Categories: social

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Knowledge [shared] is power

| gen-y, social, web2.0

Here’s an excerpt from Aaron Kim’s blog post about meritocracy and social media:

Furthermore, Web 2.0 and Social Media are leveling the professional playing field. Two quotes by Pauline Ores (who is the IBM personification of Social Media Marketing) during the O&M event caught my attention:

  1. In the Social Media world, the most powerful person is the one who shares the most.
  2. Control in Social Media is like grabbing water: the stronger you grab, the less you hold. There’s a right way to retain water, but not by being forceful.

Meritocracy, Pauline Ores and the multi-dimensional IT Professional « The bamboo raft

It reminded me of something that I learned while putting together a presentation on Generation Y and how work is changing.

Knowledge is still power. The old way was to keep knowledge secret, thus ensuring your power. The new way is to share it, and thus to make it grow.

Together with lots of other people in IBM and elsewhere, Aaron Kim helps me realize that I’m on to something good.

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Vision + Value + Voice = Connection

| social

Gary Brown e-mailed me this insightful manifesto from Michael Lee Stallard, an expert on client and employee engagement. In it, Michael describes the key ingredients of a connection culture: vision, value, and voice. More and more companies are focusing on developing deep, rich connections between their employees and their customers, and this document has a number of good examples of the benefits of this approach. Check it out at ChangeThis :: The Connection Culture: A New Source of Competitive Advantage.

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Geni – Your family tree online

Posted: - Modified: | connecting, family, social

Okay, I did find another social network I wanted to join online.  Geni is a family-oriented application, and you can use it to collaboratively build your family tree. I don’t know if it can handle the complexities of the Chua clan (my grandmother led a complicated life! ;) ), but it isn’t a bad way to start. The good thing about it is that it doesn’t rely on everyone opting in, because you can fill in other people’s details. And once you’ve gotten your family tree in place, you can share photos, look up birthdays, send messages, announce events, that sort of thing.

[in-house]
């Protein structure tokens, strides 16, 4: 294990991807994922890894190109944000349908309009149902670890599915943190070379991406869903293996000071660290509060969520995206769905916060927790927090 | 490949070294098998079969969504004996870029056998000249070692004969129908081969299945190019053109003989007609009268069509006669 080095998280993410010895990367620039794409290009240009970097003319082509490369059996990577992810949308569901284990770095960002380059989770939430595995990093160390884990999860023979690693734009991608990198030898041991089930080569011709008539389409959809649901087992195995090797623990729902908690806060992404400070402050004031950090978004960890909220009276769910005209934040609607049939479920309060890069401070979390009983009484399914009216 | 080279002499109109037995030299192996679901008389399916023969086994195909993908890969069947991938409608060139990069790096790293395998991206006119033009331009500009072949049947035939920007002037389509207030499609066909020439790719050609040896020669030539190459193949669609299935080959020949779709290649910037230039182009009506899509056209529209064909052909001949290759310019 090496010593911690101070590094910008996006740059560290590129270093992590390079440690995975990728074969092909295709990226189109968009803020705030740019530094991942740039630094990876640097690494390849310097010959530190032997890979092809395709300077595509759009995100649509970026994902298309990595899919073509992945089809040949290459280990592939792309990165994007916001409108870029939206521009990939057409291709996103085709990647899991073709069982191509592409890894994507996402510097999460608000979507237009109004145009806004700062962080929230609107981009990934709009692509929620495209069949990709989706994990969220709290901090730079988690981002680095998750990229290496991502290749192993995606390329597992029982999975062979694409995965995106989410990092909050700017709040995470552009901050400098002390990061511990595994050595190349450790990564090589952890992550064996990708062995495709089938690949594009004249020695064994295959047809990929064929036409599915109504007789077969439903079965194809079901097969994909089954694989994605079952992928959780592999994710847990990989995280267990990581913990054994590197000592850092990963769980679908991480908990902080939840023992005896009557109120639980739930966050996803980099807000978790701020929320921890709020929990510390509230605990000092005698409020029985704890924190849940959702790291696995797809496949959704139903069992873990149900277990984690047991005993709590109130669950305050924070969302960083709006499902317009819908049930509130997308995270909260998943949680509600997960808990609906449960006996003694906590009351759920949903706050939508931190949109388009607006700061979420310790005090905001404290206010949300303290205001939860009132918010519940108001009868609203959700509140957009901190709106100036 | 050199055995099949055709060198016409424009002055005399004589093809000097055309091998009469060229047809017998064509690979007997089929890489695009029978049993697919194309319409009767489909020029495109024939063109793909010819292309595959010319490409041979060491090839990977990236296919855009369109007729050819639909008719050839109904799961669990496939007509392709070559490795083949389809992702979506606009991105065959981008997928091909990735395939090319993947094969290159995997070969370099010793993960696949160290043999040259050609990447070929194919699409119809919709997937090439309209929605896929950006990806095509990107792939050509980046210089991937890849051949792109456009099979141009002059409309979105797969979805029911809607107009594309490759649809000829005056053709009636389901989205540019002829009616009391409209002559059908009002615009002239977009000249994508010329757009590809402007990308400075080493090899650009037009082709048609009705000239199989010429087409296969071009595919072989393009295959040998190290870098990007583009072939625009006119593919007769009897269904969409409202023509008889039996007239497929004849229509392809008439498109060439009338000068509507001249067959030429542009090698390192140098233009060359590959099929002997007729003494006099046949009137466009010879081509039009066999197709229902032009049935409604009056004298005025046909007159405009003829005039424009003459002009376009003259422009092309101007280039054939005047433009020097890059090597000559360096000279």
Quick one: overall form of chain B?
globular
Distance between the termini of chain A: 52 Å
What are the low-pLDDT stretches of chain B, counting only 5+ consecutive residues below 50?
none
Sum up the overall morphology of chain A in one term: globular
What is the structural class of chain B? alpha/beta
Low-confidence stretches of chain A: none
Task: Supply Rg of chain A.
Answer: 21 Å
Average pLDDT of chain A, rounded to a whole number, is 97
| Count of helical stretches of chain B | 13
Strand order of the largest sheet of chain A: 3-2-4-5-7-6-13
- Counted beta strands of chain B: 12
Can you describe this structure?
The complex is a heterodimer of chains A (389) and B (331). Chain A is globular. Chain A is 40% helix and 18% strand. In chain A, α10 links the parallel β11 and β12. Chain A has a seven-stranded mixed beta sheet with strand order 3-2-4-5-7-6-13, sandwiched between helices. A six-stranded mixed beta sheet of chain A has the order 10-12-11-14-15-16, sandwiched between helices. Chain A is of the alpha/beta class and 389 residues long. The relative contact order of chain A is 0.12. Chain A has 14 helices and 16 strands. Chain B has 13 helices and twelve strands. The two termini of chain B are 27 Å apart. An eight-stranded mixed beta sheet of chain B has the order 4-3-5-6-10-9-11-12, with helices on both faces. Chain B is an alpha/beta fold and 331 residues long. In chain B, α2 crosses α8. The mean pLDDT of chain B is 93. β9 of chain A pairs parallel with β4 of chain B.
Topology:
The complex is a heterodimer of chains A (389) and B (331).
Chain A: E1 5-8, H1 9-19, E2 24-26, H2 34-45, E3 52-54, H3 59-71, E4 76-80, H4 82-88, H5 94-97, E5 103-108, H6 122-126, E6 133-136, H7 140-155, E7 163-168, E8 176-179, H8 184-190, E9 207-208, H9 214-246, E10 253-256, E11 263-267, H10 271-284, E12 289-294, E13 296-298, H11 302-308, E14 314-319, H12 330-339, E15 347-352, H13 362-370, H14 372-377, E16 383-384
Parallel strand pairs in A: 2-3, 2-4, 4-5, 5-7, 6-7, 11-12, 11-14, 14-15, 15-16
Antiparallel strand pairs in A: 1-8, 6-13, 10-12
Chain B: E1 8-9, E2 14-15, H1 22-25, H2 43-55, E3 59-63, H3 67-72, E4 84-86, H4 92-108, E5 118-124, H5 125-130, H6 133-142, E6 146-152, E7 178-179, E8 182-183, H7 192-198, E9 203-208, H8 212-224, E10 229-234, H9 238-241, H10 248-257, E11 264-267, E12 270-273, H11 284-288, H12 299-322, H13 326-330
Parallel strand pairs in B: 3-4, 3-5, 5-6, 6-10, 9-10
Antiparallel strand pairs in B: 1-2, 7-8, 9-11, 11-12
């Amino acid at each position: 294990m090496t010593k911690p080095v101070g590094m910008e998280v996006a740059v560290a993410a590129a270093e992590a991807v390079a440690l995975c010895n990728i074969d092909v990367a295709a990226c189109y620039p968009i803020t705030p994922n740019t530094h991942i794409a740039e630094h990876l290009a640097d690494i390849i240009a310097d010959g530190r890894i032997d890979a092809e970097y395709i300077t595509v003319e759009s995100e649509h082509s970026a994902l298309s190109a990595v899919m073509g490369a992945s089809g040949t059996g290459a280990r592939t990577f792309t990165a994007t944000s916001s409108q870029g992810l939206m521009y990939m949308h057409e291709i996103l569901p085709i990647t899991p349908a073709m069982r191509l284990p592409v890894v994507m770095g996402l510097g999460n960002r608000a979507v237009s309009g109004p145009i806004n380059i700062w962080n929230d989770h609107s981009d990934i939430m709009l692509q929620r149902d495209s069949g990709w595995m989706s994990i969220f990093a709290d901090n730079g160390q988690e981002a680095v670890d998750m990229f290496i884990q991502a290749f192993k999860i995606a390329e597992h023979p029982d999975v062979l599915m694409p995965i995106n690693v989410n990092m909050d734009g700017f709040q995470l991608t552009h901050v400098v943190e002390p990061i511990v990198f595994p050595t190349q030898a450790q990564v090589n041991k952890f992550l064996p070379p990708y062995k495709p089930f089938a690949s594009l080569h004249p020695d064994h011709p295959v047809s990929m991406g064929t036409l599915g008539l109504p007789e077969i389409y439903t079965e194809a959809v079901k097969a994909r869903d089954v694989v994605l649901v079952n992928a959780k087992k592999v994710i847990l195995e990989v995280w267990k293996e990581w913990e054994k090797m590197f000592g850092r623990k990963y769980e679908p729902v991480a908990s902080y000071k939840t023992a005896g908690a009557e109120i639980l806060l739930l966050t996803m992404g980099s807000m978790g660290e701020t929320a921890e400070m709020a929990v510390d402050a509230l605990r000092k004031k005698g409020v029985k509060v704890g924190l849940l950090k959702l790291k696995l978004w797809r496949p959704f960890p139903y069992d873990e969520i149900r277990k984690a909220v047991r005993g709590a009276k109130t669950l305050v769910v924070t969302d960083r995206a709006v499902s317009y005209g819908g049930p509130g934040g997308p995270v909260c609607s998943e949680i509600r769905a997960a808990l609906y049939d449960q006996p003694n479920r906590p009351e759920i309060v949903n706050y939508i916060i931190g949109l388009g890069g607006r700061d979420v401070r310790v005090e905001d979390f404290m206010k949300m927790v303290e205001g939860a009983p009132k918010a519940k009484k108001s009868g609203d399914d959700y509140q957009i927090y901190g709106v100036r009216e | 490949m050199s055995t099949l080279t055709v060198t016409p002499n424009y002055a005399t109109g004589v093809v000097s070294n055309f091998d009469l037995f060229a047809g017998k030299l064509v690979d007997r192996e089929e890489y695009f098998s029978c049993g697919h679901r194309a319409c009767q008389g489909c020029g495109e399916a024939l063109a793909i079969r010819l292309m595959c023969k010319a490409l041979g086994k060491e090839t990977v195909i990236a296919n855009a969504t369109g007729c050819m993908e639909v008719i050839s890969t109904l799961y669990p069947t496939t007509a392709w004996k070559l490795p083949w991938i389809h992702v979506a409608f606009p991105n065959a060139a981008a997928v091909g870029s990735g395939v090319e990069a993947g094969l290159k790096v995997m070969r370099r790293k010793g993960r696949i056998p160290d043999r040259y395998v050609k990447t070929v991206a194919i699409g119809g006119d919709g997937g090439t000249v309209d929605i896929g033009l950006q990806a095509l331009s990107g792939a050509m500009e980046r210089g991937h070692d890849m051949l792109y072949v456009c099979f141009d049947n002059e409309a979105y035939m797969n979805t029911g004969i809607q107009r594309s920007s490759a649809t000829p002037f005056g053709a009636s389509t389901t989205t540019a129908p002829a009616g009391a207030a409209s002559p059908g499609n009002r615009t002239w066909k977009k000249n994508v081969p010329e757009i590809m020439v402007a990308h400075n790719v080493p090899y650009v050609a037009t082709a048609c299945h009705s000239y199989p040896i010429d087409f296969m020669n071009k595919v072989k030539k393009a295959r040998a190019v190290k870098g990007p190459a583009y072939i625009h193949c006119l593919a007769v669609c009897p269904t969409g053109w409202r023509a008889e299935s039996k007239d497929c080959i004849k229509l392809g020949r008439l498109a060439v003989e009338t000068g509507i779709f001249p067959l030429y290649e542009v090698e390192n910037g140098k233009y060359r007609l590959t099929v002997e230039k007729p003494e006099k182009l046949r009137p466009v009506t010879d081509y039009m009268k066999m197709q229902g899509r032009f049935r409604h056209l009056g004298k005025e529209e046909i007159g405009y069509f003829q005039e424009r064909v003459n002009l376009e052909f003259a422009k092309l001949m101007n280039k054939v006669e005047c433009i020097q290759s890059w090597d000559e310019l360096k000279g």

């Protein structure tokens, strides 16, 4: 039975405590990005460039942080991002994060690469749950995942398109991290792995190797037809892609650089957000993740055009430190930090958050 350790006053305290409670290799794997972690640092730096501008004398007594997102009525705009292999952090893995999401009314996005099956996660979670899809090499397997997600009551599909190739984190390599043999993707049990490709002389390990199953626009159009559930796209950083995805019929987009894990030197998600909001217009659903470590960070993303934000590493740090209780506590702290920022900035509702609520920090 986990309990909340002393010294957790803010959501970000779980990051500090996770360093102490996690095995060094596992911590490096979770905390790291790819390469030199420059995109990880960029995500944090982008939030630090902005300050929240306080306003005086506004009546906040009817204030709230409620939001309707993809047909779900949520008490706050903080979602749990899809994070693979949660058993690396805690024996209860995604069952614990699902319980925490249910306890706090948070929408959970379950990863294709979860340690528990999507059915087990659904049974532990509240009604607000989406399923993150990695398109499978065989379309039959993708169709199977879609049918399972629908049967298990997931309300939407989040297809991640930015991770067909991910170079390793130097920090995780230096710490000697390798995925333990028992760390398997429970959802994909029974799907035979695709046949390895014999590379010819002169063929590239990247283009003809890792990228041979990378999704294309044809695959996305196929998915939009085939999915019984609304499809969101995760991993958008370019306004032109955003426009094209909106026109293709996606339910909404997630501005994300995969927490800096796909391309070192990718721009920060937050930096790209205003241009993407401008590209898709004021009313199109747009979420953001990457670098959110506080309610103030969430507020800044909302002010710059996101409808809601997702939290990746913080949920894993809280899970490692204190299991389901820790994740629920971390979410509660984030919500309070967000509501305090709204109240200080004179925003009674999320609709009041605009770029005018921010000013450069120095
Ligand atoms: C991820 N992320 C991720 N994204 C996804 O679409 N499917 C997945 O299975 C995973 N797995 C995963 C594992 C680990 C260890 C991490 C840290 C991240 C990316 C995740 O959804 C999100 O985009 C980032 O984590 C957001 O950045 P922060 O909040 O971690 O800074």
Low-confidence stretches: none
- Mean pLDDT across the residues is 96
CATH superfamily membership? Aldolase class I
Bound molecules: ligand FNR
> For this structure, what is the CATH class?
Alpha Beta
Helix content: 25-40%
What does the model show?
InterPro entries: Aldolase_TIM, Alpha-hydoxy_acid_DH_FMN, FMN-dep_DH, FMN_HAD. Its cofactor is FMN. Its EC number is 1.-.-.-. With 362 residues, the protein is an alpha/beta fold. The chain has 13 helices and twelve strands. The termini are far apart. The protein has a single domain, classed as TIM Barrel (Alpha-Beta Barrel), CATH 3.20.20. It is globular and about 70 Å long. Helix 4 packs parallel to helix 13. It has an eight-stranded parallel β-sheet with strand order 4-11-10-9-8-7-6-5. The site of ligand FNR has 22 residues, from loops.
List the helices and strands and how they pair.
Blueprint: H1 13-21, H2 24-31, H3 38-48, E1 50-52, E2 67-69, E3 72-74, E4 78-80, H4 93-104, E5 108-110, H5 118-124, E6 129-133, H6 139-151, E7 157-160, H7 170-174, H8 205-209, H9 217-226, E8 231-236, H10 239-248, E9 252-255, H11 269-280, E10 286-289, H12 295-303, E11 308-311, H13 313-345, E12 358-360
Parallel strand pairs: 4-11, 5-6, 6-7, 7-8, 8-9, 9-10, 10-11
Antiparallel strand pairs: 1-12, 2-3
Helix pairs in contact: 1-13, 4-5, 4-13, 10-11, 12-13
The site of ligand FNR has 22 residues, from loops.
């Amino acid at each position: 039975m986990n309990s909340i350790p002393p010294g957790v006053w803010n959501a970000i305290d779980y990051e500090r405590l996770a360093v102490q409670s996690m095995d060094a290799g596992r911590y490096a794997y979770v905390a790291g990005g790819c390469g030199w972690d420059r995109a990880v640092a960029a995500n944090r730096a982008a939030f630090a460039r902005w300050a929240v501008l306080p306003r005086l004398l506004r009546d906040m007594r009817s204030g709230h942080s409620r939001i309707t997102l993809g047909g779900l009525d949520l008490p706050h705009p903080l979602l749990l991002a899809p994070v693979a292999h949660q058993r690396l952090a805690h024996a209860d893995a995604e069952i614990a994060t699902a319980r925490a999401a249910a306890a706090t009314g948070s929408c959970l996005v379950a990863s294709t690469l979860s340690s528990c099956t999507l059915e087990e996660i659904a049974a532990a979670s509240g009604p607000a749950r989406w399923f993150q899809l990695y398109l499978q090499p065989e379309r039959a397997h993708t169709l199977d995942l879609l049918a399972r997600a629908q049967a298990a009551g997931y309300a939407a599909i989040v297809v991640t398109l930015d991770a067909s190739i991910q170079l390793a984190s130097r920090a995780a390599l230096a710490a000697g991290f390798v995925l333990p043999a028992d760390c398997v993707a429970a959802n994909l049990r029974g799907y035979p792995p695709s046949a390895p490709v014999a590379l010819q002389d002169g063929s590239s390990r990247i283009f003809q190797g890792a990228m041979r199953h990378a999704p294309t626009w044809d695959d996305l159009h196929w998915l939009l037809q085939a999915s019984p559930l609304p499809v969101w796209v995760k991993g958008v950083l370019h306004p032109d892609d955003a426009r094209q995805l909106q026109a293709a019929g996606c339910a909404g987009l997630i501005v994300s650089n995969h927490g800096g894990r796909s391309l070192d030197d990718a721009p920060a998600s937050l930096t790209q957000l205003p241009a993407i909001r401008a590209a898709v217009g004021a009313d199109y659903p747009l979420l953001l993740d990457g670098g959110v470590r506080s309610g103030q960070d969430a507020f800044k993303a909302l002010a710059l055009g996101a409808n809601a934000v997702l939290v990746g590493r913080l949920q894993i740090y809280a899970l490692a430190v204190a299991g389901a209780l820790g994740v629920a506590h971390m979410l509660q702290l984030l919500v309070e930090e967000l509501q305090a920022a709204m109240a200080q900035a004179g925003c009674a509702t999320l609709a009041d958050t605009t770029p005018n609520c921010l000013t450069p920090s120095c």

Check it out!

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Passed it on!

Posted: - Modified: | blogging, connecting, social, story

I came across an internal blog post about making sense of the intranet social networking tools. Joseph, a communications assistant from the UK, asked us to help him make sense of the overwhelming choices we have in terms of Web 2.0 tools. When I checked out the wiki he created, I found out that Joseph was doing his Ph.D. dissertation on social computing in the enterprise. This just happened to be the area that I got my masters in, so I sent him an instant message and I shared a copy of my thesis with him, in the hope that my bibliography might save him some time. He had read some of my blog entries, but he hadn’t realized I had done my master’s research in the same area. I then proceeded to brain dump a whole bunch of tips, such as:

  • Blog about your research. This is the single best thing you can do to get the word out and to find people who are interested in this kind of thing. I can’t begin to describe how helpful people were. And if you end up falling in with the way the company does social networking (like I did!), people will help you find a great job too!
  • Build relationships. Again, the internal blog’s a terrific place to do that, particularly for this area of research. Invest time in scanning the blogs and commenting on things you find interesting.
  • Don’t worry about disappearing off the dashboard. Plenty of people use feed readers and subscribe to specific people or tags, so once you get on their radars, you’ll stay there.